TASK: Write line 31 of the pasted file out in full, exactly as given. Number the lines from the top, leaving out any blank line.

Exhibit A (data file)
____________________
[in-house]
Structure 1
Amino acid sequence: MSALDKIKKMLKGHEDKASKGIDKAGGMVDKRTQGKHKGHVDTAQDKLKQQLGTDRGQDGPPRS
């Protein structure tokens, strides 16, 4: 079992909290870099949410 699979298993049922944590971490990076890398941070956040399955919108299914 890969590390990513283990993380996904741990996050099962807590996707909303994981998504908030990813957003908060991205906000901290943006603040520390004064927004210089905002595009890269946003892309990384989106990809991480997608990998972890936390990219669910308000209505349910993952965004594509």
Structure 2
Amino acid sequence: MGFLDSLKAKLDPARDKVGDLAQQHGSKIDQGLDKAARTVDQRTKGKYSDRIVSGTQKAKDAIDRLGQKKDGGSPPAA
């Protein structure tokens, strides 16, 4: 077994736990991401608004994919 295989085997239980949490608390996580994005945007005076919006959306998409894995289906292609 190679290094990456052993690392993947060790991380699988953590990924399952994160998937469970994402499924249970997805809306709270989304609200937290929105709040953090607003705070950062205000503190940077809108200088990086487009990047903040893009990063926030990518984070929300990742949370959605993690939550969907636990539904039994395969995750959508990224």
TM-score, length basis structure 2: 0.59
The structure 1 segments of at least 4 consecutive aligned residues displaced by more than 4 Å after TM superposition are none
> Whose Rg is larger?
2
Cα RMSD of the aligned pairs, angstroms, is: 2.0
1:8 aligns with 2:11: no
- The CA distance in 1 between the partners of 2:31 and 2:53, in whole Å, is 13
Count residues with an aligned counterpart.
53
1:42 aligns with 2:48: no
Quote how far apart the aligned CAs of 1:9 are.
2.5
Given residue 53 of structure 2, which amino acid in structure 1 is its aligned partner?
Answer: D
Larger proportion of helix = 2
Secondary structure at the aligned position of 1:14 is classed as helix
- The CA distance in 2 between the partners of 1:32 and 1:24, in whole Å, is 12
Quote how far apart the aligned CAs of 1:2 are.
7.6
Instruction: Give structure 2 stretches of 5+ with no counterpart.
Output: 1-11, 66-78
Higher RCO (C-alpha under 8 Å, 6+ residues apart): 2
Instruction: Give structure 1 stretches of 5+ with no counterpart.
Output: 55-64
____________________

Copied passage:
Output: 55-64